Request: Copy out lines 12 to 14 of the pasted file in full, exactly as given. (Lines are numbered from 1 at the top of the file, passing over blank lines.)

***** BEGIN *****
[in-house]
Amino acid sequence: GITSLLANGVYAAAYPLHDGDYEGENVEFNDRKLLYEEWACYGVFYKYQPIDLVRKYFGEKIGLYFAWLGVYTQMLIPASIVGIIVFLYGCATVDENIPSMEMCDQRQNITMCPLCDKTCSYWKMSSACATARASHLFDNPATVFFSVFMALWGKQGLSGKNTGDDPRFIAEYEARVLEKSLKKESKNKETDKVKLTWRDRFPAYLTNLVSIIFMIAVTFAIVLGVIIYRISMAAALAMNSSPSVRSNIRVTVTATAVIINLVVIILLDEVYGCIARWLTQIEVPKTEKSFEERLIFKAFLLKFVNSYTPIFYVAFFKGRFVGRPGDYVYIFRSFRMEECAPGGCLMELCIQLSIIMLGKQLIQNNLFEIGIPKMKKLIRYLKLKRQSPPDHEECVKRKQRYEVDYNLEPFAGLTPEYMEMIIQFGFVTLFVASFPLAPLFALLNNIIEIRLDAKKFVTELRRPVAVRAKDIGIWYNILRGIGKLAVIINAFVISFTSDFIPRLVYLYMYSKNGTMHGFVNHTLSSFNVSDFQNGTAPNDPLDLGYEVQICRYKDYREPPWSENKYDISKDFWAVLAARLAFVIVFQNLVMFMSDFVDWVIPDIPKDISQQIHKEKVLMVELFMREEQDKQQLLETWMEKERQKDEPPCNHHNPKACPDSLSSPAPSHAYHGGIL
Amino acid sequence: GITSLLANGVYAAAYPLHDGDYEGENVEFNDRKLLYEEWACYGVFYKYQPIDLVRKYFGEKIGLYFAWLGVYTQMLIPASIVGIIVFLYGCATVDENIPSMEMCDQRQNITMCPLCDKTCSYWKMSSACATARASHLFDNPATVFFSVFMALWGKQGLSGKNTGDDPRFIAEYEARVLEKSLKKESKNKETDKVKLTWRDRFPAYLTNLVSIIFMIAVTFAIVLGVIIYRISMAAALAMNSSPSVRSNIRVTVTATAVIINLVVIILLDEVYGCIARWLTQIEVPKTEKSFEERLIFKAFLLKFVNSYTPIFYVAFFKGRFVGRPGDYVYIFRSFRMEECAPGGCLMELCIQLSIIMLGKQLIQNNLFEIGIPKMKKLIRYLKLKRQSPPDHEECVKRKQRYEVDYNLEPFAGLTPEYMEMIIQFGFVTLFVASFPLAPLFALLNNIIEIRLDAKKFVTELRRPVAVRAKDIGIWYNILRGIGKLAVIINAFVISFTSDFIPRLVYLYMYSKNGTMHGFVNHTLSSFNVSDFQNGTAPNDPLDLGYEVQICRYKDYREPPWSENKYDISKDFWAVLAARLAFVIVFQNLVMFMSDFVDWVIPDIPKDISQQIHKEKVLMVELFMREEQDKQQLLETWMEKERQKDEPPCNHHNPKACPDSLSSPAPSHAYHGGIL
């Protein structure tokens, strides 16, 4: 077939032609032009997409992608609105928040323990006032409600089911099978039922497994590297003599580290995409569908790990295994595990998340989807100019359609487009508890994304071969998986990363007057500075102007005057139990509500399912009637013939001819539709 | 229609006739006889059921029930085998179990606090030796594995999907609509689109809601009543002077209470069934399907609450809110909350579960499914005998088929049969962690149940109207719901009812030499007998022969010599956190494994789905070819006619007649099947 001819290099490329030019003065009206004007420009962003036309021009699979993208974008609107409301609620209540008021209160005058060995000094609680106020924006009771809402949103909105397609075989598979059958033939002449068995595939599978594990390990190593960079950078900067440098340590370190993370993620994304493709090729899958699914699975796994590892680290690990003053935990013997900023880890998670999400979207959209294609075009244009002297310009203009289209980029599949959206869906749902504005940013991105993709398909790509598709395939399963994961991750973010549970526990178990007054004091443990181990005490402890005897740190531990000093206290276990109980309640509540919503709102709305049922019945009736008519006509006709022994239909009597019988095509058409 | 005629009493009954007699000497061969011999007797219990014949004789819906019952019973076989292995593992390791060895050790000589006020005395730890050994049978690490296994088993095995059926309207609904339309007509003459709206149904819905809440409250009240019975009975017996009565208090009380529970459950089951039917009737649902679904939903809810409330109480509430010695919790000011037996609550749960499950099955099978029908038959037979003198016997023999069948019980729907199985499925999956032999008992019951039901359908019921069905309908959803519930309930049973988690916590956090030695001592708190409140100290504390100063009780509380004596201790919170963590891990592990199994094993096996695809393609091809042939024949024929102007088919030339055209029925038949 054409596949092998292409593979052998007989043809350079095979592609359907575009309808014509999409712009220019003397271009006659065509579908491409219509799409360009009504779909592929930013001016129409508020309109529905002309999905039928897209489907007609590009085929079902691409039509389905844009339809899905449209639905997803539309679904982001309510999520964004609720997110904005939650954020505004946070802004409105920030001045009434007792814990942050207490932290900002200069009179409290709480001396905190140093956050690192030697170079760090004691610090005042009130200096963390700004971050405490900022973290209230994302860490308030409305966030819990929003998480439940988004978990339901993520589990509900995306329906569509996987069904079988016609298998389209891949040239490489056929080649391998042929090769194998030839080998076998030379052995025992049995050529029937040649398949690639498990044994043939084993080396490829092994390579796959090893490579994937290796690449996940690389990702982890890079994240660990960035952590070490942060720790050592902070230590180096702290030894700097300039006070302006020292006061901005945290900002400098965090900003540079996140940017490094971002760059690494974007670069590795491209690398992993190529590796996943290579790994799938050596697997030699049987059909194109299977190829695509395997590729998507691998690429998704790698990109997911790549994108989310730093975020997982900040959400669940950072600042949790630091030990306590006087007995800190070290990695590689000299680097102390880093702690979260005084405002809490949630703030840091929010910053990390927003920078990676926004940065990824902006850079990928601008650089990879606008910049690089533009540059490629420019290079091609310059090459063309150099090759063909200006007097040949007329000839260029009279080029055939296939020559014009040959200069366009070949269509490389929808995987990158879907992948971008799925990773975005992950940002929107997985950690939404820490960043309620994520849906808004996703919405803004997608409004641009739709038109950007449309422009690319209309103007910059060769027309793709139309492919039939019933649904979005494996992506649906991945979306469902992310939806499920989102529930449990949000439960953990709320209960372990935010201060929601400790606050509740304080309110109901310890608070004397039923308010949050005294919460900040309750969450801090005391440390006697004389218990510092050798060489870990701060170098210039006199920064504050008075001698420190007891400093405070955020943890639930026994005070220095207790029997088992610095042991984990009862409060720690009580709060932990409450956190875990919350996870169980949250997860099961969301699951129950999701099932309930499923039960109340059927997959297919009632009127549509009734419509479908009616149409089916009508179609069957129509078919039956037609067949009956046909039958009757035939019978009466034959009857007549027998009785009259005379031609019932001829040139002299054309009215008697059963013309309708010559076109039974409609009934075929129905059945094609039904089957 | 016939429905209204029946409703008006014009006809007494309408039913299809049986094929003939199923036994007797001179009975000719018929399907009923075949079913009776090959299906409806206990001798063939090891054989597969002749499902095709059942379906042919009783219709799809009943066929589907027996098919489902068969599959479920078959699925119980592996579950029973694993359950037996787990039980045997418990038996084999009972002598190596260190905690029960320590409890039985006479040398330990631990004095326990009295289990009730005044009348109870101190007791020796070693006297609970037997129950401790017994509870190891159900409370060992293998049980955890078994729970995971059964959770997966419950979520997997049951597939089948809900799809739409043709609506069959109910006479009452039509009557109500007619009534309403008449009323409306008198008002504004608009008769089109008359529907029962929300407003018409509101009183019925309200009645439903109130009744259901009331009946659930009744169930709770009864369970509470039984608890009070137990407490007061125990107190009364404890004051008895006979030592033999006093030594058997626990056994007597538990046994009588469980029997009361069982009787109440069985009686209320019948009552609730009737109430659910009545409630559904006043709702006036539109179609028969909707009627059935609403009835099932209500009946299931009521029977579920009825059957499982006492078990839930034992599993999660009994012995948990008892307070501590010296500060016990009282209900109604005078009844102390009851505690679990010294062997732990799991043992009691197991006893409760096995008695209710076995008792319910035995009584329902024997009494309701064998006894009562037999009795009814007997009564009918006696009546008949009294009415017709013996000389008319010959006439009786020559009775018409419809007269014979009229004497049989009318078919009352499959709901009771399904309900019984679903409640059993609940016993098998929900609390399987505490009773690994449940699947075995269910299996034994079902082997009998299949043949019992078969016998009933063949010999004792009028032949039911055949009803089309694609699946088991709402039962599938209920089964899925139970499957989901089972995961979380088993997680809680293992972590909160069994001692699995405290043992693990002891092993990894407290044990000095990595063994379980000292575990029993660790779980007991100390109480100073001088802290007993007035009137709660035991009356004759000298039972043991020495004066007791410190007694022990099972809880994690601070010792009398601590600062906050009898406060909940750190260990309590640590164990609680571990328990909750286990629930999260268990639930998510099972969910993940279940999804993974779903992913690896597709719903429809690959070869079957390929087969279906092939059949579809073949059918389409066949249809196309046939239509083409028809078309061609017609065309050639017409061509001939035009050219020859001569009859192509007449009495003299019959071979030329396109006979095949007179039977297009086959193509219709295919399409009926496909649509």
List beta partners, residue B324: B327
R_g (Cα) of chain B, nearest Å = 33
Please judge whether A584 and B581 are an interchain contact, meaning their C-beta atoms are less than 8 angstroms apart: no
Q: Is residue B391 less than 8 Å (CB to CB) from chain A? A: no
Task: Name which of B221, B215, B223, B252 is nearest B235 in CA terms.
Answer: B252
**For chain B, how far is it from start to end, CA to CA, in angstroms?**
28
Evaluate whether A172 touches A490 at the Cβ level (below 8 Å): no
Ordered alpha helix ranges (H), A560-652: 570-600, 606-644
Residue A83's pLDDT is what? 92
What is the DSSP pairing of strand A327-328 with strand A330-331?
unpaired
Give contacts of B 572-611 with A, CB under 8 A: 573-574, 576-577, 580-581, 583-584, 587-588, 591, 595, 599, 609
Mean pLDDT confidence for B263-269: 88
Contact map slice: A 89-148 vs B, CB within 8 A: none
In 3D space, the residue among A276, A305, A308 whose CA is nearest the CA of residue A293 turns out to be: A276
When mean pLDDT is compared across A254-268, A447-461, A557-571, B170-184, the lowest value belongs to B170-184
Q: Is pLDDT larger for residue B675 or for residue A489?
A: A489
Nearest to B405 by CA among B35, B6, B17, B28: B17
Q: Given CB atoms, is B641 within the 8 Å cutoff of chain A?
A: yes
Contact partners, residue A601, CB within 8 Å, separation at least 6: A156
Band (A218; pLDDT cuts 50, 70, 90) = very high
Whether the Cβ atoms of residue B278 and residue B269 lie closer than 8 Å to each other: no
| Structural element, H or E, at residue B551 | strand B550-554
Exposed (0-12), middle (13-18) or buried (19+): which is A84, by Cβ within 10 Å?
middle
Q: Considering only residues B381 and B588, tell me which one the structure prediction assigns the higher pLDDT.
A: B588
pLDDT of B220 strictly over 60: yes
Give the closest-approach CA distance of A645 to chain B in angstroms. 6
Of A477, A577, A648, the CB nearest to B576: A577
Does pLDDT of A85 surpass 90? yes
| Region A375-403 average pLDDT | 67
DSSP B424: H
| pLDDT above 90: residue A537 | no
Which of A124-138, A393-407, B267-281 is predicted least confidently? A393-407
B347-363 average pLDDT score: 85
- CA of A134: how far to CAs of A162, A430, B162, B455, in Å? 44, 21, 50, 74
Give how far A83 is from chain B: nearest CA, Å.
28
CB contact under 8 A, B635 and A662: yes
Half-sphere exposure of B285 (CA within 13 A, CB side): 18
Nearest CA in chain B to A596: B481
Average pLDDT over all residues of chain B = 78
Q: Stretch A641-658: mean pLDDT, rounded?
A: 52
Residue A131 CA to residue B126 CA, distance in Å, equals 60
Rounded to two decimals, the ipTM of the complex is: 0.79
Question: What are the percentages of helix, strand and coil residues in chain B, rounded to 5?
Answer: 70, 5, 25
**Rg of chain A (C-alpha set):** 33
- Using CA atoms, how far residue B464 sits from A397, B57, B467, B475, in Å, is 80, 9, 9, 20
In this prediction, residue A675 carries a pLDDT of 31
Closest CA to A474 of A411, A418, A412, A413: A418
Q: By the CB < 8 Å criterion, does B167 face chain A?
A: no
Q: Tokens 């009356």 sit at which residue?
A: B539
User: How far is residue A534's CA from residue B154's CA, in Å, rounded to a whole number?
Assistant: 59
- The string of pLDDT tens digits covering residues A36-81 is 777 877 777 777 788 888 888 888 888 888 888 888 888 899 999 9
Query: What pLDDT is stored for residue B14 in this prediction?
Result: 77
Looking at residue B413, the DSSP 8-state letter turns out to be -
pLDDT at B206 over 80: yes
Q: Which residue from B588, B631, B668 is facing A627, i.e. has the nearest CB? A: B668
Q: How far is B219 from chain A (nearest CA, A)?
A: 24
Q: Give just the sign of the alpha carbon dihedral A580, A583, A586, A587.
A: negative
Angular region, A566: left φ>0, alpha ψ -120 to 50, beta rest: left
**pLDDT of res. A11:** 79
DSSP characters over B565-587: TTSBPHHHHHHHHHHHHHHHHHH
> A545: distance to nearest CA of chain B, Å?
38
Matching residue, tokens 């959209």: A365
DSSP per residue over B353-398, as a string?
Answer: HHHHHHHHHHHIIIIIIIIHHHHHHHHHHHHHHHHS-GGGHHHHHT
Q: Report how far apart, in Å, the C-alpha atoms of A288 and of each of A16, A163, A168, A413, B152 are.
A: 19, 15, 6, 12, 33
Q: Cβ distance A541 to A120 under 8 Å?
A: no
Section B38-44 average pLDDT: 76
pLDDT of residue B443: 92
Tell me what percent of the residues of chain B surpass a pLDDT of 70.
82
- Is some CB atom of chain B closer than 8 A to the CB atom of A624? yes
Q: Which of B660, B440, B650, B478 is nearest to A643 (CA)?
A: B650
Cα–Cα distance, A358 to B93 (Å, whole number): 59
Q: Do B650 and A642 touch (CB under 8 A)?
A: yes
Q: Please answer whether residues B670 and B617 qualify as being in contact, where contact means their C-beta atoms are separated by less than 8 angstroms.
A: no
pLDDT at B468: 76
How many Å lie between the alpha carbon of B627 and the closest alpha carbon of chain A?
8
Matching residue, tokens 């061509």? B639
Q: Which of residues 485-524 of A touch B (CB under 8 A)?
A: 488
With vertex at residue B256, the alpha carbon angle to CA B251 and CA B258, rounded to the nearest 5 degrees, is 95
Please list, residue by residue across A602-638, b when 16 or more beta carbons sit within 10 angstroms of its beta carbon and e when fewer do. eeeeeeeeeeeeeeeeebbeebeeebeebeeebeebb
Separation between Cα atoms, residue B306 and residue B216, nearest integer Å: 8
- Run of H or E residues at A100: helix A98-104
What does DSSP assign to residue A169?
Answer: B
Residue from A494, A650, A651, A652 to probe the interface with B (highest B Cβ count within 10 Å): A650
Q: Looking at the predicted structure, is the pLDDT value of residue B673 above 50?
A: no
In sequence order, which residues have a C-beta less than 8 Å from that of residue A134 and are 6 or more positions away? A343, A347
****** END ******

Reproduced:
28
Evaluate whether A172 touches A490 at the Cβ level (below 8 Å): no
Ordered alpha helix ranges (H), A560-652: 570-600, 606-644